I turned twenty almost three weeks ago.
I've never gotten a speeding ticket.
It was her 19th birthday and it had so far gone to hell in a Nine West vinyl clutch. He had stood her up again, for the last time. It was the death of a longstanding friendship and now she knew it.
Her friends had come and gone, with their own expectations of her. Some of her friends hadn't even bothered to come, or hadn't wanted to be there. She was learning something, people didn't like you for who you were; they liked you for who they wanted you to be.
She didn't want to be.
Options crept up, second nature and easy as breathing.
Her mom was out again, like always, and she was alone.
She tried to find some of the rage that had festered in her soul, poisoning her for so long. She could feel it but it refused to come out, to help her. Instead it stayed curled up, contained and content, like she and all of the counselors had taught it to.
Sometimes progress wasn't what it seemed.
She thought of all the pills and tablets in the medicine cabinet. Surely they would aid her. But she knew that they wouldn't. When the battle had first begun, she'd made a preemptive strike against herself, or maybe it was a good thing, who knew? Whatever it was, the careful overdosing of the counter accessible pharmaceuticals had made her almost immune to all medications, instead of slowly weakening her system like she'd wanted. It would take more than she was willing to swallow to do real damage.
She closed her eyes and felt the despair caress the back of her neck.
She didn't want to die, just to feel pain.
To feel anything.
I woke up on the floor at about two am the next morning and was more depressed than I'd been when I started. Smoking out on an empty stomach, when I was already down, was one of the worst ideas I've had. Nicotine affects people differently, for me, it's a temporary high that I can achieve several times but after four or five highs, I start regressing. Smoking through a hookah that's new and still has the acrid factory taste of poison glass, didn't help me much.
I remember calling my mom in tears and her not coming home.
That was a source of anger for a long time afterward.
Not that I blame her for my actions, it was just easier at the time.
We all have our demons.
This had to be the meds. It didn't make sense otherwise. But they weren't working.
Or were they?
She was crying at school. She never did that. Ever.
Breaking down in a locker room was not in her code of conduct.
The door swung and she heard the hinges creak.
"Ness? Hey, lady, are you in here?"
Shit. Steph had never seen her crazy. No one had.
"Oh my god, Nessa, are you ok?"
She could feel her staring, heard Steph move to sit across from her. For a second she distracted herself and looked at one of the posters on the wall. Fun, friendly and family oriented, your local YMCA. Or some other mocking sentiment.
"No, Steph. I'm not ok."
If there was one thing she could do that was smart in this moment she would. So she dug through her bag and handed Steph a set of keys. There was an automatic remote, like a garage door opener and it was covered in bright yellow duct tape. That was mocking too.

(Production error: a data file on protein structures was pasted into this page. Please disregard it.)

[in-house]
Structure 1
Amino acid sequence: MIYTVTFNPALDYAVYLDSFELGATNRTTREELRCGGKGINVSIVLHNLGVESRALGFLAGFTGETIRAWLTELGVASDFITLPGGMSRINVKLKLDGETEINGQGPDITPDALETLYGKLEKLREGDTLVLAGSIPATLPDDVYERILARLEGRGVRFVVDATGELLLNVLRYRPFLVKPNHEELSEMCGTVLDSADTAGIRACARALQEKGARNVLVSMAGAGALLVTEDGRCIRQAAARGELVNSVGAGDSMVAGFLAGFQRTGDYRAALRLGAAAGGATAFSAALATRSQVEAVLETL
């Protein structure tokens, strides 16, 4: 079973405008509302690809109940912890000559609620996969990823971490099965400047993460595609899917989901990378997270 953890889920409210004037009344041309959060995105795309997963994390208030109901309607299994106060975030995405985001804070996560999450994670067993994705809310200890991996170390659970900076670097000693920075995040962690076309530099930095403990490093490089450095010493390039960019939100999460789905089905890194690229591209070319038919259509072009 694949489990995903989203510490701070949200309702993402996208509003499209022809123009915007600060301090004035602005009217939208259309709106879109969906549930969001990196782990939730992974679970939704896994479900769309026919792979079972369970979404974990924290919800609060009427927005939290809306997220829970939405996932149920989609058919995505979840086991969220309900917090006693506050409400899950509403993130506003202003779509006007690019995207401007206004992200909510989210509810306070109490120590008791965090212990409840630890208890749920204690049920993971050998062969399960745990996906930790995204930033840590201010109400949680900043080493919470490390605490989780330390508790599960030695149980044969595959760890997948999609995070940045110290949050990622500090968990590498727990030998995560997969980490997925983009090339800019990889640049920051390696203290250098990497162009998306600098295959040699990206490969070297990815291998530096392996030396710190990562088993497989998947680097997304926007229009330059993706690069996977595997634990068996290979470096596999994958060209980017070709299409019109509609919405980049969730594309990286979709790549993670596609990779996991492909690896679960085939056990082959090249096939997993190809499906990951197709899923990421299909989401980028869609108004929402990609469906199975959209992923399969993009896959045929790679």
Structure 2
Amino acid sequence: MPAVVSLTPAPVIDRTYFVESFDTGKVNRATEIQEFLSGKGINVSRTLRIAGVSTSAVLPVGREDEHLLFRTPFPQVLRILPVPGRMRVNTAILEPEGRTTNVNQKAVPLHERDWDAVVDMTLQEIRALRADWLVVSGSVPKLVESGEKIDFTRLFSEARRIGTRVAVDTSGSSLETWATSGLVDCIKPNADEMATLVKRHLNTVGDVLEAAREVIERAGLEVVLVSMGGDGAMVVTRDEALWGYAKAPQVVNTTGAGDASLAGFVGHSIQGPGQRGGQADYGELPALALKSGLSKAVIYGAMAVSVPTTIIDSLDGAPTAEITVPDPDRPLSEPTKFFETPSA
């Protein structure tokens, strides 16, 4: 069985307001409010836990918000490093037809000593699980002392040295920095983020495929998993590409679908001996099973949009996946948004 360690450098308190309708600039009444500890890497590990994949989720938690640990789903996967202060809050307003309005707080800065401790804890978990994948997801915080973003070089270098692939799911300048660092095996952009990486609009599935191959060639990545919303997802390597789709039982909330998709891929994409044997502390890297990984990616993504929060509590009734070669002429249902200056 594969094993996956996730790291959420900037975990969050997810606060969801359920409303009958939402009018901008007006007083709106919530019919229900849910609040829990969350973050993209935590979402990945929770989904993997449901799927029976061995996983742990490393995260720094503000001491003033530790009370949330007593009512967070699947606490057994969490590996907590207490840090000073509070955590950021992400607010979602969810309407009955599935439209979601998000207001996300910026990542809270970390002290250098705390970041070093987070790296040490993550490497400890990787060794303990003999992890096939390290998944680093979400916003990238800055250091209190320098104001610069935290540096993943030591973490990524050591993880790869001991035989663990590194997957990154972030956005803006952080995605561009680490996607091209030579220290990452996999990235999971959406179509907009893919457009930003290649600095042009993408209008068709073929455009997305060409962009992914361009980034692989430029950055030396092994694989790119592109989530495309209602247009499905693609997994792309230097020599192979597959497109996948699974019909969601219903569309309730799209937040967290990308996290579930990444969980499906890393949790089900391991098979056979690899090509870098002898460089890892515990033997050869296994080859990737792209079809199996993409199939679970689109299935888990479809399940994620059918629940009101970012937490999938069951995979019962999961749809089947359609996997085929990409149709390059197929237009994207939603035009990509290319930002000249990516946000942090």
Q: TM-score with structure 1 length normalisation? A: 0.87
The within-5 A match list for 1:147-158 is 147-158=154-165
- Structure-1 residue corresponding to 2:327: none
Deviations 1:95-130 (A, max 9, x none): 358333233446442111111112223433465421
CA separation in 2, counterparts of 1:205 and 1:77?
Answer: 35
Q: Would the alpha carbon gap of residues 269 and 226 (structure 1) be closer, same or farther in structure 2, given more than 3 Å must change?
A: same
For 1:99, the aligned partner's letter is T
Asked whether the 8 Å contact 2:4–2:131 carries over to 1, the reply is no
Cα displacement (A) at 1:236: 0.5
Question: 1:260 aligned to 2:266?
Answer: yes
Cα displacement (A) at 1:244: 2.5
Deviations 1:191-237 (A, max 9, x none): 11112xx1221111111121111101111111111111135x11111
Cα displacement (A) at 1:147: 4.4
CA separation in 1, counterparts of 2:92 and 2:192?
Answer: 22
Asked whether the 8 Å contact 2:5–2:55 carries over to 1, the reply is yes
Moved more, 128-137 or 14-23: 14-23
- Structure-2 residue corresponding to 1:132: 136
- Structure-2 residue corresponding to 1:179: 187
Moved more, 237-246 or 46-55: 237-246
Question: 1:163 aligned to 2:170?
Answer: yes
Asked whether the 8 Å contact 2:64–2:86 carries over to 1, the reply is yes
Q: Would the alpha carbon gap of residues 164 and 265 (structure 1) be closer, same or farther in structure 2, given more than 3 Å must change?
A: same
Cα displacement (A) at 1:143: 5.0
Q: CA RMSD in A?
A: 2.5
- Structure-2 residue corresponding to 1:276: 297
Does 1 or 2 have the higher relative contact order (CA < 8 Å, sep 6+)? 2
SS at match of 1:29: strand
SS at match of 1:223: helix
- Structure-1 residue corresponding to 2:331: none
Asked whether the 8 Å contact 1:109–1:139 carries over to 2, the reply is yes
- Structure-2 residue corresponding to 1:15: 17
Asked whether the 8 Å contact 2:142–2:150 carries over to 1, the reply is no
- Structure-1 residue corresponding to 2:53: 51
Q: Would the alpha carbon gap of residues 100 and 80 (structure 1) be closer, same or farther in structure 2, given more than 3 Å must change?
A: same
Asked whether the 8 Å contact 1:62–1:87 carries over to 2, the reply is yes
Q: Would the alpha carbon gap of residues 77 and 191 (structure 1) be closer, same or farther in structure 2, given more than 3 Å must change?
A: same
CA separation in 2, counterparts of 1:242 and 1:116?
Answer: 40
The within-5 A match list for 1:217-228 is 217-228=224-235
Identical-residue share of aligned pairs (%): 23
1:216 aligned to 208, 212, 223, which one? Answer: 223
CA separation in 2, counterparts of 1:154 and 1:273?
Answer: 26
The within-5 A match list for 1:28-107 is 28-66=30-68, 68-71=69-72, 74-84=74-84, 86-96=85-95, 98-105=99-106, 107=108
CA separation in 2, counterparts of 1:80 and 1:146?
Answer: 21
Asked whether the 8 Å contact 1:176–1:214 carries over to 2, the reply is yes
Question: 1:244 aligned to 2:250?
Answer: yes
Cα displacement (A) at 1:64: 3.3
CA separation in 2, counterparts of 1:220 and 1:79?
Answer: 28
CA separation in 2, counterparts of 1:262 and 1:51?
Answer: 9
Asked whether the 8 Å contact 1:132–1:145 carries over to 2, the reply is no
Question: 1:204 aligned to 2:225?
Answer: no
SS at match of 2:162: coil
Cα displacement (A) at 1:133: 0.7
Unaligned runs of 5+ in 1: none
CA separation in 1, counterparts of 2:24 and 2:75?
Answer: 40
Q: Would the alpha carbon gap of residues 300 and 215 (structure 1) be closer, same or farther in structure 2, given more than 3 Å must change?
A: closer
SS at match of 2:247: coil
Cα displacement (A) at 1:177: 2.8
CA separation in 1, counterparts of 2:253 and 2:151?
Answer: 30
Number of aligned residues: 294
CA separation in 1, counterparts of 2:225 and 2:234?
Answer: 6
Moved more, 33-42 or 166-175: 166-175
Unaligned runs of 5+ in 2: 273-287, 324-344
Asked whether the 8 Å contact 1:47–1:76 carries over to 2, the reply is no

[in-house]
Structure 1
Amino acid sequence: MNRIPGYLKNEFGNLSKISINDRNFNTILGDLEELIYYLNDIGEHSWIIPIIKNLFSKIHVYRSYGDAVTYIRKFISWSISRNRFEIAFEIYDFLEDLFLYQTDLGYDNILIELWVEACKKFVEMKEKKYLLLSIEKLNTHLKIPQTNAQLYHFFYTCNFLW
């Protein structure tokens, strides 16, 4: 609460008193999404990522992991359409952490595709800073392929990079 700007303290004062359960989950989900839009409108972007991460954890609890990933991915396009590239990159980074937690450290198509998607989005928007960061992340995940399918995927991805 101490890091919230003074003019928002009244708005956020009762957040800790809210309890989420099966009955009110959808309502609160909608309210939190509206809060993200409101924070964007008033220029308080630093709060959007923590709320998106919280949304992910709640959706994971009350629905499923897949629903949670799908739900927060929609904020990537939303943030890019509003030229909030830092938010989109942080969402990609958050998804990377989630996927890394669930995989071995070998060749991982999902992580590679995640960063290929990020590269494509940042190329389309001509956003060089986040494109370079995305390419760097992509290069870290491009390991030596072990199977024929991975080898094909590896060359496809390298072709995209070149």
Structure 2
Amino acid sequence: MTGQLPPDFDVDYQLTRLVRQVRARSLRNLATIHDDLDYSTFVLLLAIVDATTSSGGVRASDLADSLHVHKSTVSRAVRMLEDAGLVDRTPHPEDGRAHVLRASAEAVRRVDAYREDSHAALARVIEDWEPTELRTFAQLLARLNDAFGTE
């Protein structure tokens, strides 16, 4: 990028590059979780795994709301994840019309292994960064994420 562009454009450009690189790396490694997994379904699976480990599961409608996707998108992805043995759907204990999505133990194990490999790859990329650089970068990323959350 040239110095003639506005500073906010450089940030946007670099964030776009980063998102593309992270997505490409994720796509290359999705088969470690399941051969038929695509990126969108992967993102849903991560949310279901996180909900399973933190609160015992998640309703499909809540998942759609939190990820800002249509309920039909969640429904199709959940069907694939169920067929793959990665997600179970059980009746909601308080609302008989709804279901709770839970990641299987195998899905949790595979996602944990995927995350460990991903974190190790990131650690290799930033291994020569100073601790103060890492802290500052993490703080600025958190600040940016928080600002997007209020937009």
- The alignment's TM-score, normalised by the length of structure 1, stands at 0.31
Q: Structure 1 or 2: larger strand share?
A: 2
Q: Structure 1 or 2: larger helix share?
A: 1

"Do you want to talk?"
For once, the answer was yes.
For a little while, I thought that I was just weak and had fallen back into an old pattern. But I went to SAMPHC Behavioral that night and they confirmed what some of my counselors had suspected. I was bi-polar. The medication I was on was an anti-depressant, not a bi-polar approved med. It was the reason for the relapse.
That was in May of 2008. Since then, there have been no relapses. I don't take that as a sign that I am better, but as a sign of God's grace. I'm not able to take medications. My body rejects them and they've found that I regress rather than progress.
I'm not sure if I'm truly bi-polar or if that was just the best that they can do.
Honestly, I don't really care.
Every time I've relapsed, I've had to pull myself back up. Some of my friends are very supportive in this endeavor and some of my mentors as well, but for the most part; it's been me—against me.
I've come to strongly believe that whatever cannot, does not, or fails to kill you; will make you stronger. Three years ago, this year would have buried me. Three years from now, I won't recognize the person I am.
It reminds me of one of the things I like most about humanity and God.
He created humans to be infinitely resilient, infinitely adaptive and there are no mistakes.
Every day we change, adapt and reconcile the newer self with who we used to be. Slowly, this drives us into someone we could have never perceived. And if we can't be perceived, then we can't be limited.
Life without limits.
That's the mission I've undertaken in Ignition. It's a study of my past sure, but it's a chronology of my future, of the return, of the progression.
Every day that I wake up is a victory.
Every day that you wake up is an opportunity.
Life is a series of choices and each one is interdependent upon the other. It's terrifying, beautiful, and electrifying.
Today, I made the choice to tell you my story. I made the choice to move forward. I made the choice to look in the mirror and face my demons.
What choices will you make today?